University apologizes for record theft, offers reward

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Team coverage The identities of more than 2 million people have been stolen from a car. If you or anyone in your family has been treated in University of Utah hospitals or clinics in the past 16 years, a thief could have your information tonight.

Because of the sheer numbers, this story likely affects you and your family. The stolen tapes had a master patient billing record of more than 2 million people. Two-and-a-half million people live in Utah. More than 1 million Social Security numbers were on those tapes. The University of Utah Hospitals and Clinics are offering a $1,000 reward, no questions asked, to get back the tapes.

University apologizes for record theft, offers reward

The question some may be asking is, why was this personal information unattended in a car? It's as simple as somebody not doing their job correctly. The information is now missing, and authorities are asking for the public's help.

"This theft was not our fault, but it is our responsibility to make sure we do everything we can to protect patient information," Dr. Lorris Betz, senior vice president of health sciences at the University of Utah.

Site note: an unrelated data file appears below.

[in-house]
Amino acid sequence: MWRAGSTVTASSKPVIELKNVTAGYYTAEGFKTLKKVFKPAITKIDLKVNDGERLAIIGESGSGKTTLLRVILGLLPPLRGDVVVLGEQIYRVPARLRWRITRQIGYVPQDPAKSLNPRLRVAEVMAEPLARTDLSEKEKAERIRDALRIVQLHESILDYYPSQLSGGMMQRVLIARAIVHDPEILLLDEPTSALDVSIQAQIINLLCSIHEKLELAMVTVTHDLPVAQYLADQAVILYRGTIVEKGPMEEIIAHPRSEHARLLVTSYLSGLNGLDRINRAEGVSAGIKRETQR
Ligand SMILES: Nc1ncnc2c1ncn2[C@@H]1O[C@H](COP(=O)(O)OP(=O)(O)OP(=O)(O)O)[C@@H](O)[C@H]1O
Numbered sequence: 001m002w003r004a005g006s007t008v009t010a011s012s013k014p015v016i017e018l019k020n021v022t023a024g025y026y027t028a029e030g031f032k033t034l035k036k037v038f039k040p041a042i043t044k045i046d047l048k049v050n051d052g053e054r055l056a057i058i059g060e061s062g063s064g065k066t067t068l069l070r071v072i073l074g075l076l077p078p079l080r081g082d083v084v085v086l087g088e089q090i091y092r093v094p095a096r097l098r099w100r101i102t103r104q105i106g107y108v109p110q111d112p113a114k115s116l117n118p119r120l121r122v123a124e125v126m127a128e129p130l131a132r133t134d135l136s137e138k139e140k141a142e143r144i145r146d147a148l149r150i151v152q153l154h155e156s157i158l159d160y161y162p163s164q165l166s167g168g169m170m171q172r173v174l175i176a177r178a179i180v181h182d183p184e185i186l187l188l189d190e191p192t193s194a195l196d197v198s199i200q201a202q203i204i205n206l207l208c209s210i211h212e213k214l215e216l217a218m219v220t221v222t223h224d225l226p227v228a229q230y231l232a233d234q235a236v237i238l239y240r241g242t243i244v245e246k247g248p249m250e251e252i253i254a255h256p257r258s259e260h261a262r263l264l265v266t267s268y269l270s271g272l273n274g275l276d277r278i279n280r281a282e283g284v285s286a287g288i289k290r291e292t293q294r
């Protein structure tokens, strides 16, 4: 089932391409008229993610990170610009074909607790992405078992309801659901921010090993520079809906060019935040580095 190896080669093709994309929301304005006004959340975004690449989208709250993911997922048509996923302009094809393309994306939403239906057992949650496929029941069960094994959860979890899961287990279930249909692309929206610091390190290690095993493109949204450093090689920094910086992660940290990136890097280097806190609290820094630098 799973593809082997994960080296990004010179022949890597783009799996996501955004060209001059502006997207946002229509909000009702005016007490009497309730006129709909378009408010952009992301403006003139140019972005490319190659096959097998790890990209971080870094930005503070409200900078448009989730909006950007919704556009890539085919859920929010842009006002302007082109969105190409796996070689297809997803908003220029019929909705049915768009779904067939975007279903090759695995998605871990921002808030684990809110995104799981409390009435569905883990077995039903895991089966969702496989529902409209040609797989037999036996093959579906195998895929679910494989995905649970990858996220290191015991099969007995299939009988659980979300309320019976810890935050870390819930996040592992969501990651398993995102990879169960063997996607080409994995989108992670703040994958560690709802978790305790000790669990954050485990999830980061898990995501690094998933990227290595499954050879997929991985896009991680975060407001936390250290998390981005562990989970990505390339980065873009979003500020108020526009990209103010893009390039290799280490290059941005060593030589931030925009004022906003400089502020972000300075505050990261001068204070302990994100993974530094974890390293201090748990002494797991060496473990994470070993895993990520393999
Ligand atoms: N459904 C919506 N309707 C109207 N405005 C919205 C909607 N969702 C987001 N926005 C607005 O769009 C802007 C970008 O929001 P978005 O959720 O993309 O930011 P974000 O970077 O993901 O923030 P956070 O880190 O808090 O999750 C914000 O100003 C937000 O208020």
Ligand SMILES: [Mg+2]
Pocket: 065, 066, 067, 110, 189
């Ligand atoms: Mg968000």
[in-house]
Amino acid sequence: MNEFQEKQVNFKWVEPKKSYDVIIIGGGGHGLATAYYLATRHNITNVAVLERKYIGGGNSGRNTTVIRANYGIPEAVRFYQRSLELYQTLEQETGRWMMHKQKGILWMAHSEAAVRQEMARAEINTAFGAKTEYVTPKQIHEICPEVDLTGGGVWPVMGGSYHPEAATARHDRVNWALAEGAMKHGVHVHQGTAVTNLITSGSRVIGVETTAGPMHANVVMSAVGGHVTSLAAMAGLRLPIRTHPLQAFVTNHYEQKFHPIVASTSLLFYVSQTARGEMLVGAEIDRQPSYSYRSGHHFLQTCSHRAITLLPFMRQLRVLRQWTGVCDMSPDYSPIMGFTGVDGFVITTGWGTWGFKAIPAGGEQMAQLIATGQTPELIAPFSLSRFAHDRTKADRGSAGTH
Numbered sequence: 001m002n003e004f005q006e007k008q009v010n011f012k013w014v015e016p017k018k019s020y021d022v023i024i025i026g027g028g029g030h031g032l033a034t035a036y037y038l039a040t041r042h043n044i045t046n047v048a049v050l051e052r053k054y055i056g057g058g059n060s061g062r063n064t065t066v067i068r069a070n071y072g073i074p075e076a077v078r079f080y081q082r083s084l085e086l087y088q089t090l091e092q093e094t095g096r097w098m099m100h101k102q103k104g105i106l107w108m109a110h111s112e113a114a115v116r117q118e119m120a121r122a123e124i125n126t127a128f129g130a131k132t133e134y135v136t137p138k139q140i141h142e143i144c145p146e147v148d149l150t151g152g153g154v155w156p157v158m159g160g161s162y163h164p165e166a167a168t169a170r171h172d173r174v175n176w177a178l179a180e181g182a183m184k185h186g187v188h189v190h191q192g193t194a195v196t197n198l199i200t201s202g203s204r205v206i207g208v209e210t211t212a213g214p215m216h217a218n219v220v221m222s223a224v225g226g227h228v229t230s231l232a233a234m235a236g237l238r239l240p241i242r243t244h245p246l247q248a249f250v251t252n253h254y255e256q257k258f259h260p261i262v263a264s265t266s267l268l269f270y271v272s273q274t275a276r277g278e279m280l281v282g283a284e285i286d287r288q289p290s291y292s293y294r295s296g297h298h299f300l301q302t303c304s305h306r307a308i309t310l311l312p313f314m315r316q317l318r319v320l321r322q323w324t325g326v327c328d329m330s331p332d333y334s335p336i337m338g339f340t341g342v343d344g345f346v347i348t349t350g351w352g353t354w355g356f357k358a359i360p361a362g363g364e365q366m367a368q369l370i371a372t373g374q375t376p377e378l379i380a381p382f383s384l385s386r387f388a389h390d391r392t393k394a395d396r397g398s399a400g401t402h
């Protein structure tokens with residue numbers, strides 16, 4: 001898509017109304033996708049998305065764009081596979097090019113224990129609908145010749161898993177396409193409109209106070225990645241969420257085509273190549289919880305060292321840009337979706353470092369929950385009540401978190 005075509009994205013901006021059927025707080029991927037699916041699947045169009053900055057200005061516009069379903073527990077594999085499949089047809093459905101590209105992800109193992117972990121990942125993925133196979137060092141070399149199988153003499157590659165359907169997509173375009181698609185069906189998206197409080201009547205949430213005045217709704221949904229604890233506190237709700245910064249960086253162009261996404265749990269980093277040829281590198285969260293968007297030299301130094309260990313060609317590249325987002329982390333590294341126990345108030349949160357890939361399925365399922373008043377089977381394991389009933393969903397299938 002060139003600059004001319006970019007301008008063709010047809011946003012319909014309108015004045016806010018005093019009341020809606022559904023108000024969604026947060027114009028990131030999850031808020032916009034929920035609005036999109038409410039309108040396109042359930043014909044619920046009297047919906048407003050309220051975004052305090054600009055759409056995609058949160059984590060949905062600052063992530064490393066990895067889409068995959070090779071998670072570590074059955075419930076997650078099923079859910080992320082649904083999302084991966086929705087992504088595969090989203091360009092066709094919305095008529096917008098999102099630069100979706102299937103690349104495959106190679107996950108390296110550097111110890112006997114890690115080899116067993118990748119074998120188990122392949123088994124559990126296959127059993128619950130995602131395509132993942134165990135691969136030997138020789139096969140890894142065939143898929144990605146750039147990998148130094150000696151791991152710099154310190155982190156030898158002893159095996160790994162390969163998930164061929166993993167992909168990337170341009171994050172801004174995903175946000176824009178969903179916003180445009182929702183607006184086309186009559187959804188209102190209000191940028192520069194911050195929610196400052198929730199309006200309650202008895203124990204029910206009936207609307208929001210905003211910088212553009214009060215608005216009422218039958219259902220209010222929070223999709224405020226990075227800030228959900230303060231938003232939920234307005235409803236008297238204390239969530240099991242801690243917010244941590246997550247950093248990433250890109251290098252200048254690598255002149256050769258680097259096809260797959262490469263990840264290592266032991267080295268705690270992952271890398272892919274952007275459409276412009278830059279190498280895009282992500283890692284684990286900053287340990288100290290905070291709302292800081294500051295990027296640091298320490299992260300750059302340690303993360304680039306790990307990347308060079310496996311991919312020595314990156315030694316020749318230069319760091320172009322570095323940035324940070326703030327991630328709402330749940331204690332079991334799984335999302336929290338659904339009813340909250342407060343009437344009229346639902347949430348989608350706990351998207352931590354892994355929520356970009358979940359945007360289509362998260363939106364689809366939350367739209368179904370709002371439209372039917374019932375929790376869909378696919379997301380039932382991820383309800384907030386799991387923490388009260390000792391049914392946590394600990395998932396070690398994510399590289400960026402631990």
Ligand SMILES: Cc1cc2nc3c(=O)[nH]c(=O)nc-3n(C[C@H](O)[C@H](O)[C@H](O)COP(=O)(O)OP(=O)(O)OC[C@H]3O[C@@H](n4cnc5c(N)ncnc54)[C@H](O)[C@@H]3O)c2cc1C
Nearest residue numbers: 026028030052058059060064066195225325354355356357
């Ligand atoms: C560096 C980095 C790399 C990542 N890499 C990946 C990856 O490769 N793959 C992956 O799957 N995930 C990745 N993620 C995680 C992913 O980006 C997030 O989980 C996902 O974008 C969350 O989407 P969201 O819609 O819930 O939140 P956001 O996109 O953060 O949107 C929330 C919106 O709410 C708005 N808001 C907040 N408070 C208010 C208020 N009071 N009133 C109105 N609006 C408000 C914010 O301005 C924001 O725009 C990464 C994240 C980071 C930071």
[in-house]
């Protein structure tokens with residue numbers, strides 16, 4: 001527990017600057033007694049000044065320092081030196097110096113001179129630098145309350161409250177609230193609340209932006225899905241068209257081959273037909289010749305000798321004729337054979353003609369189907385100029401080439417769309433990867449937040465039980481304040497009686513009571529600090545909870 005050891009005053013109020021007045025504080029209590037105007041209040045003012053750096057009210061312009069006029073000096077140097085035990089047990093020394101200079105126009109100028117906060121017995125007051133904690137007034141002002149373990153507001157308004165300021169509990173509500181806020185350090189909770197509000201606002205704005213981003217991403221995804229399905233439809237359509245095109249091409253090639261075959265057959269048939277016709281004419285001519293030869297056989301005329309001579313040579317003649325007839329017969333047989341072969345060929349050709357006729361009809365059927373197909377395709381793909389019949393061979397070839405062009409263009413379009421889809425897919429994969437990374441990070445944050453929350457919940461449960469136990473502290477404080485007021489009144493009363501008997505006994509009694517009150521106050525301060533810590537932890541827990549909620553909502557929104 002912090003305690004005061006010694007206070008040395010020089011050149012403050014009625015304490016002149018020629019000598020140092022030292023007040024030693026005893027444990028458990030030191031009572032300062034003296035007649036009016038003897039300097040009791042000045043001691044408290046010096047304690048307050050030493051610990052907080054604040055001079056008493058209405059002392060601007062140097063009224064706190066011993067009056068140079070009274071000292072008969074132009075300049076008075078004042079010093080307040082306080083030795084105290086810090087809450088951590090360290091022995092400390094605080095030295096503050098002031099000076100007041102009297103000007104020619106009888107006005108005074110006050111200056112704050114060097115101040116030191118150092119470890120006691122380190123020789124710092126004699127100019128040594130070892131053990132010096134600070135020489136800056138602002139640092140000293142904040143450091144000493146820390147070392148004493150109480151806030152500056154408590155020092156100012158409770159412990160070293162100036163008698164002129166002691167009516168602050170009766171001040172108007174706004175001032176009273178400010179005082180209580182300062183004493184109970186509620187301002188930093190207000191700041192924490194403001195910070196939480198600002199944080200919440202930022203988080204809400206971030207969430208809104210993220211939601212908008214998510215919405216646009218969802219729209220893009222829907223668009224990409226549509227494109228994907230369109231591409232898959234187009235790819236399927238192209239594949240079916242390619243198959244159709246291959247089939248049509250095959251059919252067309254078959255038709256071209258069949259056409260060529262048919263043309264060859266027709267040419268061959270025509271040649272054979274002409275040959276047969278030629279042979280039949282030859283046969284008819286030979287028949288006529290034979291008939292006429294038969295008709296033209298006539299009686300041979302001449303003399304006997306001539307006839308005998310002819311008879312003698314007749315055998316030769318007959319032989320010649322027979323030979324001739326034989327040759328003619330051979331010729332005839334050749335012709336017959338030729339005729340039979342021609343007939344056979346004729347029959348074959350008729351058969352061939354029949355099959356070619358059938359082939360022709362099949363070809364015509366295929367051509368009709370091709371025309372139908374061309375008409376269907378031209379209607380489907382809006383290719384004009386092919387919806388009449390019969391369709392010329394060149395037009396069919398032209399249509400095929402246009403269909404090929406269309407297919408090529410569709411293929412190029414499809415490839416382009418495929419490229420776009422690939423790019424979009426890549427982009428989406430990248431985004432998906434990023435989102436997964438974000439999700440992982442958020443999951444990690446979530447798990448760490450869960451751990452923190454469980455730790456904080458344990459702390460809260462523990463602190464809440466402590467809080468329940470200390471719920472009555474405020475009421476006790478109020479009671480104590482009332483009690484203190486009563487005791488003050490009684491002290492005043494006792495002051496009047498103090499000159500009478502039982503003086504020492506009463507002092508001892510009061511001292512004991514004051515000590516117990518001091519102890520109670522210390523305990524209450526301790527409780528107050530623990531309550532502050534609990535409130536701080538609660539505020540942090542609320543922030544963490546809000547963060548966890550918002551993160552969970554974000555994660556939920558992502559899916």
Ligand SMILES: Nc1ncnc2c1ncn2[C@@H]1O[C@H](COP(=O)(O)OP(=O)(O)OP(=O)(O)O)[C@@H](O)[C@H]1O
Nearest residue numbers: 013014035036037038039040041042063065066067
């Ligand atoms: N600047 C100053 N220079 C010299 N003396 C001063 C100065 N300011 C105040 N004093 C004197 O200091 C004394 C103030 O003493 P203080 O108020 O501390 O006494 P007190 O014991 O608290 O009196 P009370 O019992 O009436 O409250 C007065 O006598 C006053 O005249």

University apologizes for record theft, offers reward

They're apologetic words and a commitment to the public from University of Utah Hospital officials, but right now the focus is on recovery.

Information including patients' names, insurance background, diagnostic codes, and the Social Security numbers for 1.3 million people is all in the hands of a car prowler.

"We understand that this is unwelcome news to our patients," Betz said.

University apologizes for record theft, offers reward

It all started on June 1. A courier from an off-site storage company called Perpetual Storage picked up five computer backup tapes from the University of Utah Health Sciences Data Center.

Authorities say, against protocol, the courier used his own car to drive to his Kearns home. He was supposed to take the tapes directly to a vault where the records are stored. Instead, he left them in a gray cash box, in his car, in plain sight. Someone broke his car window and took the box.

Salt Lake County sheriff Jim Winder said, "The nature of the box would have suggested cash being kept in there, and they were probably a little disappointed to find the tape."

Authorities say it's unlikely the burglar would be able to retrieve information from the tapes, but computer experts warn there are people who can.

Ryan Foote, owner of Nexus IT Consultants, said, "If you have the proper equipment, I would say the data is recoverable."

Once again, authorities do not believe the information has been accessed. The hospital is notifying each patient by mail and offering free services for monitoring their credit.


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